Two former editors of the now-defunct Stand News portal conspired to use the popular site as a political platform beautifying “criminals” and promoting their “illegal” ideologies, prosecutors have argued in the media outlet’s sedition trial.
In a strongly-worded opening statement in the District Court on Tuesday, prosecutors accused the online news service and the two editors of publishing 17 seditious articles to support “forces opposing China and disrupting Hong Kong”, glorify their so-called acts of resistance, and disparage Beijing, the local administration and the national security law.
“All 17 articles in the present case were published [after] Hong Kong experienced unprecedented turmoil ... with the authorities of Beijing and the Hong Kong government being tested to the limit,” said prosecutor Laura Ng Shuk-kuen.
Former editor-in-chief Chung Pui-kuen, 53, and acting editor-in-chief Patrick Lam Shiu-tung, 35, on Monday denied a joint count of conspiracy to publish and reproduce seditious publications. They face up to two years imprisonment if convicted.
The court also recorded a not guilty plea from Best Pencil HK Ltd, Stand News’ holding company, which is unrepresented in the proceedings.
The court heard the prosecution’s speech after dismissing a defence challenge against the admission of 10 of the 17 reports as evidence.
Counsel earlier argued the 10 items should be excluded as the charge was laid more than six months after their publication, beyond the time limit within which prosecution can be initiated.
Judge Kwok Wai-kin, who is among the few jurists designated to oversee national security cases, ruled prosecutors were entitled to prove the continuous nature of the offence by relying on all available evidence.
Ng said the 17 publications, comprising eight news reports and nine commentaries in the form of “blog posts”, were the manifestation of the defendants’ criminal plot dating back to July 2020, soon after the adoption of the Beijing-decreed security legislation.
The accused would have furthered their agenda had it not been for a police crackdown on the opposition-leaning portal service on December 29 last year, she continued.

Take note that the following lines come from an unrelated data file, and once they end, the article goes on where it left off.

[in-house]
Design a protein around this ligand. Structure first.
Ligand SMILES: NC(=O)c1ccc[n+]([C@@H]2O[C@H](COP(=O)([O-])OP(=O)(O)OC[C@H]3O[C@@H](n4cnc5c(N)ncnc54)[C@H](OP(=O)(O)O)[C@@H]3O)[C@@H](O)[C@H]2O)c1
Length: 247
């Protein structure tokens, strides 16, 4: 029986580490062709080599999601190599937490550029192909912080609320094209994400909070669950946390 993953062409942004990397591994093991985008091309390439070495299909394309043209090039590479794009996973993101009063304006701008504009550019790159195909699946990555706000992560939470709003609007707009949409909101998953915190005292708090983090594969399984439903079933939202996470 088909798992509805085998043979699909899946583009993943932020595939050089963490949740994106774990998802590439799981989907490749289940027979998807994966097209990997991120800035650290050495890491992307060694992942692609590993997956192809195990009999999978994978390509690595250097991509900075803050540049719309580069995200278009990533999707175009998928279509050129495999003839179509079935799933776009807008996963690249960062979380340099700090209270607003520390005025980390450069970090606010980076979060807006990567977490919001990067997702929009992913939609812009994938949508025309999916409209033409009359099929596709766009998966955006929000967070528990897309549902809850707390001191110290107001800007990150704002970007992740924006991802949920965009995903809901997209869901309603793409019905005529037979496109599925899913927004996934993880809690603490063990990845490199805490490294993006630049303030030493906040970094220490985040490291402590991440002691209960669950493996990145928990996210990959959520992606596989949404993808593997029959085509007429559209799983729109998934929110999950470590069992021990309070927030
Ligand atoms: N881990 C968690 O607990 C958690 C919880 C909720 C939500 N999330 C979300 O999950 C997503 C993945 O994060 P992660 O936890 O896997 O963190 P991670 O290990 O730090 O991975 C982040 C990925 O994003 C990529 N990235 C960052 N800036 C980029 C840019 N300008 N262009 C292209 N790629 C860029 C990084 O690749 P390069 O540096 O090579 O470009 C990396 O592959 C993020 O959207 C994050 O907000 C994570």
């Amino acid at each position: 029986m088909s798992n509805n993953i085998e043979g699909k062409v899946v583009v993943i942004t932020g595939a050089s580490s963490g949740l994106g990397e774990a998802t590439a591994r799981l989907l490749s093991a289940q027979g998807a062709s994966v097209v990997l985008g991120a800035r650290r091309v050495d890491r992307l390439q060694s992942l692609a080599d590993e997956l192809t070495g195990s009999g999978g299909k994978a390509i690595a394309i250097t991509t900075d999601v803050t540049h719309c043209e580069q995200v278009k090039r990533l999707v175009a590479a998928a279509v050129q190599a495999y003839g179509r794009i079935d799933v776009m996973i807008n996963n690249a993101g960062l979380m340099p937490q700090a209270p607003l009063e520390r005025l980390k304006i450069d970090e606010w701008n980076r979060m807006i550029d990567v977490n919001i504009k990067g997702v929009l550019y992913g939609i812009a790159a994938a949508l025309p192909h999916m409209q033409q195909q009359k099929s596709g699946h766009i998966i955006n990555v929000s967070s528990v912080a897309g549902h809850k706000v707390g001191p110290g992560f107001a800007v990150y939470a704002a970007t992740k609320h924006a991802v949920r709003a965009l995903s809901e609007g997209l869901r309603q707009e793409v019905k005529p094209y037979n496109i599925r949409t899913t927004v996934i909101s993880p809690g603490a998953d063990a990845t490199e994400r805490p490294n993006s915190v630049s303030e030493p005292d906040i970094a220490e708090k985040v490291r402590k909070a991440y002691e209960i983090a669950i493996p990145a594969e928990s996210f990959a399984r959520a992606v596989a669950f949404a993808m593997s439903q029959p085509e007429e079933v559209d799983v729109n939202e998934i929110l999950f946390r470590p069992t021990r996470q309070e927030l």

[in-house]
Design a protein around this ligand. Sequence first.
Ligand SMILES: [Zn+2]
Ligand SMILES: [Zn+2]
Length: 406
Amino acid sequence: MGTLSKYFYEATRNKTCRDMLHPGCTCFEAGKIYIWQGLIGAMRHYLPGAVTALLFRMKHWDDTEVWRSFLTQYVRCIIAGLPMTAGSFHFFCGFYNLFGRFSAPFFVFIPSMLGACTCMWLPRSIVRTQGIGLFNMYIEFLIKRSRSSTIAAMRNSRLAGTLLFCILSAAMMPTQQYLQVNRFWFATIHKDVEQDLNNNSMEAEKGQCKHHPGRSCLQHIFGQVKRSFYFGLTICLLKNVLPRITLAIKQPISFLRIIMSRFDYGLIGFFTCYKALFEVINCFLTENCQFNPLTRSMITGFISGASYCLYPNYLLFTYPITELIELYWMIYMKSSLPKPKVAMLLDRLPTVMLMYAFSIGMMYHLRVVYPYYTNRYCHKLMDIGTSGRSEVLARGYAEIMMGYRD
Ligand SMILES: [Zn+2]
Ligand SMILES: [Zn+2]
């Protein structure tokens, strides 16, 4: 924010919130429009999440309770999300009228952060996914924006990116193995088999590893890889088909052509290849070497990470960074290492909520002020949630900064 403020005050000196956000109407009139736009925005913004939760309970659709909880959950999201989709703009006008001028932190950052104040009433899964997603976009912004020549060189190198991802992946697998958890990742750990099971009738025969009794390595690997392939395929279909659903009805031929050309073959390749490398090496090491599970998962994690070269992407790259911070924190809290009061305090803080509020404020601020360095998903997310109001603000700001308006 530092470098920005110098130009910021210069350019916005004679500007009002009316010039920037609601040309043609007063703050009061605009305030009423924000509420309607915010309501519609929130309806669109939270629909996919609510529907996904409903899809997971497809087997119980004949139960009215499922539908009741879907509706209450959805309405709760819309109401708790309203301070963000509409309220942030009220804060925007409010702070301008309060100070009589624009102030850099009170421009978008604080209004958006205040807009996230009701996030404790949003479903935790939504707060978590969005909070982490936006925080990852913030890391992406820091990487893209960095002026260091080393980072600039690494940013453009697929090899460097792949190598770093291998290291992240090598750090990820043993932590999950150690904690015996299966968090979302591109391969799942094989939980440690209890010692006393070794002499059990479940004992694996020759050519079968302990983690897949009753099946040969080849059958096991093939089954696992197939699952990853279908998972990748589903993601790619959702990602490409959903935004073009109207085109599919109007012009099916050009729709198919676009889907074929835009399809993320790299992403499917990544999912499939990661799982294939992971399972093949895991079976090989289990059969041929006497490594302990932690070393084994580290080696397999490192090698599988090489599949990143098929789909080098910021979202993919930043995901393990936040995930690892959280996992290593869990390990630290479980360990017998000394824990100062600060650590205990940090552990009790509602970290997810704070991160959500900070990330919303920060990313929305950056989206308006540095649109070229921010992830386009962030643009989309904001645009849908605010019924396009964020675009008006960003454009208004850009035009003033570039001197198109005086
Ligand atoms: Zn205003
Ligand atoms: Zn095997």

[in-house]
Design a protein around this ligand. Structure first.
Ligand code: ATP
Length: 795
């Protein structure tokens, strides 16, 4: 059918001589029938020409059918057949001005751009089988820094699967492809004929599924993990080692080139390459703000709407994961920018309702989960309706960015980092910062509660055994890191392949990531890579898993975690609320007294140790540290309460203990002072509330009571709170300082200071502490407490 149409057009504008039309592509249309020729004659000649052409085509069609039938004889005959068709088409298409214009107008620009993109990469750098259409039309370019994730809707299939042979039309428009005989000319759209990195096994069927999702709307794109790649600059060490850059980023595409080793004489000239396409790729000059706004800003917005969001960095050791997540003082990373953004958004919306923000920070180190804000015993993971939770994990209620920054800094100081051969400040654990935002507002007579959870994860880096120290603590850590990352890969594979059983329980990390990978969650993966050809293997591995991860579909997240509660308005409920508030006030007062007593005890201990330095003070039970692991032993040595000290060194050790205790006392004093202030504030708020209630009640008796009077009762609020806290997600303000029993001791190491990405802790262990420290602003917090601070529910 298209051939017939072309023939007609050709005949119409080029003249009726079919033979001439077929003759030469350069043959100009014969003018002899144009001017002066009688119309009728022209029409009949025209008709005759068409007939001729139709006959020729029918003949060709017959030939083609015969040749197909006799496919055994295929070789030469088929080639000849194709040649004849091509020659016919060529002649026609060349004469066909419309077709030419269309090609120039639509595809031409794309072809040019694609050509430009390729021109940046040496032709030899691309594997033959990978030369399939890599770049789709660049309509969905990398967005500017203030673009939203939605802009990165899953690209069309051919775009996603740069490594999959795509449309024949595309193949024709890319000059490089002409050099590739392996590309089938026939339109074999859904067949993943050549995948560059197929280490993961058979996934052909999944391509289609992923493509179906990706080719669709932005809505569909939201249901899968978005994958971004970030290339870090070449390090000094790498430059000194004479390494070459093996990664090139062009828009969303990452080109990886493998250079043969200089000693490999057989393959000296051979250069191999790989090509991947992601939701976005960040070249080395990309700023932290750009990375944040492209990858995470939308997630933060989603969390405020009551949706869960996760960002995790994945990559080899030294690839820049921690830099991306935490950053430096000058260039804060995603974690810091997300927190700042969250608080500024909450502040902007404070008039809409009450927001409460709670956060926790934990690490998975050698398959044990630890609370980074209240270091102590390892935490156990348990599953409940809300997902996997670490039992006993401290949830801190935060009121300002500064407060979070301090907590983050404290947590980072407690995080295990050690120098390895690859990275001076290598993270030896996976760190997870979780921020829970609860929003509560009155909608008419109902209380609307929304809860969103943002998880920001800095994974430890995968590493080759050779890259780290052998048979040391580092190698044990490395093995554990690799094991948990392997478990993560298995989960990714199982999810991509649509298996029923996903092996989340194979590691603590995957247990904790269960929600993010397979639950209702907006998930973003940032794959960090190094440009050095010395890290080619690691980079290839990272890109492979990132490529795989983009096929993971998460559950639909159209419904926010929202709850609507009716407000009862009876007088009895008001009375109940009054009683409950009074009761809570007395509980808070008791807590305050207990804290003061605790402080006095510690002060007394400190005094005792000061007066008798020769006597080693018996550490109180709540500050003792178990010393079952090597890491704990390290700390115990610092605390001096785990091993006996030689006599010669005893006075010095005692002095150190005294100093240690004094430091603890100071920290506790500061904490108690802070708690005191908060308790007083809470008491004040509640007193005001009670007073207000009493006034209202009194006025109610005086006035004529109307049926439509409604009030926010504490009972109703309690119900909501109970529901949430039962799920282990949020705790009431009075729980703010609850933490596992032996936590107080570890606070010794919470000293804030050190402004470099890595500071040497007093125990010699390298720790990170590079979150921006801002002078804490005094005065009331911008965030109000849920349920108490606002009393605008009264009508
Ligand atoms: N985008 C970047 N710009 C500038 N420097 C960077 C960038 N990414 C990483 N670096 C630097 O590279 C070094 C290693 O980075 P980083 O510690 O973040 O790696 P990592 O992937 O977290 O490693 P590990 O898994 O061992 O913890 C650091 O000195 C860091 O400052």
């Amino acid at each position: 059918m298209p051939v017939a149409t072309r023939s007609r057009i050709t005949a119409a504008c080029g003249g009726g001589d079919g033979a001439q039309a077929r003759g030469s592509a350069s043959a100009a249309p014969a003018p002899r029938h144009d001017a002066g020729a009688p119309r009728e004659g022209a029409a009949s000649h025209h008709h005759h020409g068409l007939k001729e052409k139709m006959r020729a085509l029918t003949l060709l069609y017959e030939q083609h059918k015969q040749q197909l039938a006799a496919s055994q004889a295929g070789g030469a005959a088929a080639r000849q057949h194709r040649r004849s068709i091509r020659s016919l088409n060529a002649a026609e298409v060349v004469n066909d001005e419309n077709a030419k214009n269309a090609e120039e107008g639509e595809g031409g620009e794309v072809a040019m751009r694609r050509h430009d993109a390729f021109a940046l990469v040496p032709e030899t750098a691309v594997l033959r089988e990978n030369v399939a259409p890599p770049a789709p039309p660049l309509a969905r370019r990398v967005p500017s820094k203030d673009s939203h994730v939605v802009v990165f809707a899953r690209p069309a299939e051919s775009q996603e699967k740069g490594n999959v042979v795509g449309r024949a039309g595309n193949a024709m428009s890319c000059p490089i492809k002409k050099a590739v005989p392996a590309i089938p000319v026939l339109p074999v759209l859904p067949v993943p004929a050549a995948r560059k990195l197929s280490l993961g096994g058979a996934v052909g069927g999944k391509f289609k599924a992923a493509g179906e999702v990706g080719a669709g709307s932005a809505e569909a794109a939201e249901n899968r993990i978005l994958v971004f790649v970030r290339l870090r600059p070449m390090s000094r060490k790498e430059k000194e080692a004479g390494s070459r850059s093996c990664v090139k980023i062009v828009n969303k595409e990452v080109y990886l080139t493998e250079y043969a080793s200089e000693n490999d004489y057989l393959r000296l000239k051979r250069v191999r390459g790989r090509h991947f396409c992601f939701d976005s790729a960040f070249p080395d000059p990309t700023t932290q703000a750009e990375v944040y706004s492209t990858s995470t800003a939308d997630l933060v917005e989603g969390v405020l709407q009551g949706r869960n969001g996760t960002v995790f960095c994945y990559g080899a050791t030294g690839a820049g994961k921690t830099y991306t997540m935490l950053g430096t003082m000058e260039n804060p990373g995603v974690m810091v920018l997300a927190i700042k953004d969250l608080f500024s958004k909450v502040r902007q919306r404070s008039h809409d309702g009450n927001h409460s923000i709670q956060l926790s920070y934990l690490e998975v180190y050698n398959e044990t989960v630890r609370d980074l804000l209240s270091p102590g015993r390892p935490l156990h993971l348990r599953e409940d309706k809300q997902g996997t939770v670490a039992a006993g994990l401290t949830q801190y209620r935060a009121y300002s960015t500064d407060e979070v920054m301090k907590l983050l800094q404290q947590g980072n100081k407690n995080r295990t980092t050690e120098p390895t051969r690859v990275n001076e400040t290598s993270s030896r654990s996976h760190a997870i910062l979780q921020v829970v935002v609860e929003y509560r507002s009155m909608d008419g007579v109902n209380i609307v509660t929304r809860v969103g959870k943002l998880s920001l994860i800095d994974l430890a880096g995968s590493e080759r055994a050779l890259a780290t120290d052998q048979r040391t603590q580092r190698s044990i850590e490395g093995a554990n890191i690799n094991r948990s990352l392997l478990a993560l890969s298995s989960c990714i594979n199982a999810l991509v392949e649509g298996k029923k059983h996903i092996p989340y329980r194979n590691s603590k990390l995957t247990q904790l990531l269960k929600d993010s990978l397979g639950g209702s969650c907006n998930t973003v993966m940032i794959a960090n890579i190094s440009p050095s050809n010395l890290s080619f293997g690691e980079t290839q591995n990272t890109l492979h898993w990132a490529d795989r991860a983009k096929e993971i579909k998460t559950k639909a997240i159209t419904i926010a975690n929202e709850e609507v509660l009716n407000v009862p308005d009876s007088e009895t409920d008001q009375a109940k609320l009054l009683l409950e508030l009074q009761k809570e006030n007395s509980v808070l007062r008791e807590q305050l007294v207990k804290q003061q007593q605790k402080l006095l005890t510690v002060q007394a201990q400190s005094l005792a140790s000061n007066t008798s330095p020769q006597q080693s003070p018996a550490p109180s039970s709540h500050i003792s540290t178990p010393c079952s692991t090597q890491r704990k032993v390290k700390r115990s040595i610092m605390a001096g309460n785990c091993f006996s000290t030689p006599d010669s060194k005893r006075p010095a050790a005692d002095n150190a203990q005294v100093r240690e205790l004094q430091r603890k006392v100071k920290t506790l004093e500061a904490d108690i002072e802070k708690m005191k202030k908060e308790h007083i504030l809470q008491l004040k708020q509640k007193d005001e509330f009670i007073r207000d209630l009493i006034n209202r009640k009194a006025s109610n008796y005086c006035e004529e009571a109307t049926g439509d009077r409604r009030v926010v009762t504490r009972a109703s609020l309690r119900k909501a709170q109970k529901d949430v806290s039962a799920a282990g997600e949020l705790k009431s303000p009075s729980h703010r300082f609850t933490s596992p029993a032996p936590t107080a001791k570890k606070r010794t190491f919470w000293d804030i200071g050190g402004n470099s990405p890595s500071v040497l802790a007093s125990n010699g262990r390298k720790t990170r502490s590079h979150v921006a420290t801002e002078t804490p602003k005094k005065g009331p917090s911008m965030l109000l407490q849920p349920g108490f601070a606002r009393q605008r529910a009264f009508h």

“Stand News published feature stories on public figures such as unlawful activists, absconded criminals and wanted suspects ... The writers of the relevant blog posts disseminated secessionist ideologies and repeatedly made unfounded allegations [against authorities],” the prosecutor said.
The first three reports were interviews with activists Gwyneth Ho Kwai-lam, Owen Chow Ka-shing and Fergus Leung Fong-wai, who won an opposition-led unofficial legislative primary election in July 2020. The trio are currently behind bars awaiting a subversion trial.
Ng said Stand News “showed no restraints” in advocating the “extremist and anti-government” beliefs of the three “offenders”.
The news outlet also ran an analysis by fugitive former lawmaker Nathan Law Kwun-chung, who took a critical view on the trio’s “lawful” arrest, in a bid to “vindicate” the suspects and “crown them with halos”, the prosecutor added.
Three other reports were about Law and two other fugitive ex-legislators, Ted Hui Chi-fung and Sixtus Baggio Leung Chung-hang. Fugitive activist Sunny Cheung Kwan-yang also wrote a piece in response to being placed on a police wanted list over his alleged role in an unauthorised assembly.
Stand News, instead of drawing the line at upholding the quartet’s “unlawful stances”, packaged them as “human rights warriors” and provided a stage for them to promote Hong Kong’s independence and foreign sanctions, the court heard.
Two other news articles vilified a police operation during a riot at Chinese University in November 2019, and attacked the government by citing activist Chow Hang-tung, who received a human rights award in December last year after being incarcerated for alleged national security offences, according to prosecutors.
Six of the seven remaining commentaries denigrated the security law and relevant enforcement actions with “groundless” and “sensationalised” accusations, Ng said, adding some also smeared the “lawful” arrest of 12 fugitives during their thwarted bid to flee to Taiwan by boat in August 2020.
Veteran journalist Allan Au Ka-lun, who was arrested in April for alleged sedition, penned four of the six critiques. The other two were written by Law and Chan Pui-man, former associate publisher of the now-defunct Apple Daily newspaper, who is also Chung’s wife.
Law additionally contributed a piece where he called for continued resistance against authorities.
Prosecutors urged the court to assess the 17 articles against the backdrop of a polarised society following the anti-government protests in 2019, the existence of “external forces” and “a large group of citizens [who] refused to accept Hong Kong was an inalienable part of China”, and Stand News’ political leanings.
The trial continues on Wednesday.